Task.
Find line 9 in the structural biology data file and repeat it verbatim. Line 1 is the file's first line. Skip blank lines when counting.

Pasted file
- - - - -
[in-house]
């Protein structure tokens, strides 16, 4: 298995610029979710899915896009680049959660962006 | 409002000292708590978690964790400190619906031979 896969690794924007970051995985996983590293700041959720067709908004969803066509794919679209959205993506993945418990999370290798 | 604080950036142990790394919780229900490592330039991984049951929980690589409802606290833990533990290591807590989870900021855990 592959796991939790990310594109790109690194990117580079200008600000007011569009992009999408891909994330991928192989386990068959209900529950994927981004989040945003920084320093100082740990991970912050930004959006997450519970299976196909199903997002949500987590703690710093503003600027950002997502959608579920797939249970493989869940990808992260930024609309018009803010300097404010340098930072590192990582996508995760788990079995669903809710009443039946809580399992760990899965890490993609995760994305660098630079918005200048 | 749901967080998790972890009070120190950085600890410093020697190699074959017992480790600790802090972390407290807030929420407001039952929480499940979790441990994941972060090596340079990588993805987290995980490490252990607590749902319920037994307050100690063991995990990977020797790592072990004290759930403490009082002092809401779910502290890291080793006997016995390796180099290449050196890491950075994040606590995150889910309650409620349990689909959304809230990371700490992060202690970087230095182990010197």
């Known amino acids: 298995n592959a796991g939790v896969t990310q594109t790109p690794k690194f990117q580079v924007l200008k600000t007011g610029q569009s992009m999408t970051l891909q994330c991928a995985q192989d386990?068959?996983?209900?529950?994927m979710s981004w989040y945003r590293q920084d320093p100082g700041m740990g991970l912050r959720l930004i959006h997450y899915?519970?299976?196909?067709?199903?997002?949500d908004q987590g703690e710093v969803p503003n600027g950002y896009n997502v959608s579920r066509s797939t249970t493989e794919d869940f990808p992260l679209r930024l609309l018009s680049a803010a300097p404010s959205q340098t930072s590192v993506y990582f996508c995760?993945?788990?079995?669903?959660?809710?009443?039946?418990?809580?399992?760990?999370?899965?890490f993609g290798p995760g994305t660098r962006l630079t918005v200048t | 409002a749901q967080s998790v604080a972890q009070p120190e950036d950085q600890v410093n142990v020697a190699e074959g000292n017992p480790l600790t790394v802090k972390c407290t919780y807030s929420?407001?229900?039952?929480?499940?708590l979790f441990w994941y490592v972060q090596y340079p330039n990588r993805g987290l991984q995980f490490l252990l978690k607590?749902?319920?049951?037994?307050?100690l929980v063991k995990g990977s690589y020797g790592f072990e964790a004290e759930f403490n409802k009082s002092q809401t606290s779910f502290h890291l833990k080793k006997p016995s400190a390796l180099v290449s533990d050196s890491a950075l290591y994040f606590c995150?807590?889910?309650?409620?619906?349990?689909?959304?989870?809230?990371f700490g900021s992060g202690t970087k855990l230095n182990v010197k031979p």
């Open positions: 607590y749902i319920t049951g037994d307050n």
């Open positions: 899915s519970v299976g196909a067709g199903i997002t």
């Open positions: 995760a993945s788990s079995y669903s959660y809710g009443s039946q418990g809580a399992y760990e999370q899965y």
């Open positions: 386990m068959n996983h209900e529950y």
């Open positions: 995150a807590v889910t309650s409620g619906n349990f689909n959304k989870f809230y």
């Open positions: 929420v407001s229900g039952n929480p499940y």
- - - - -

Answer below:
């Open positions: 929420v407001s229900g039952n929480p499940y």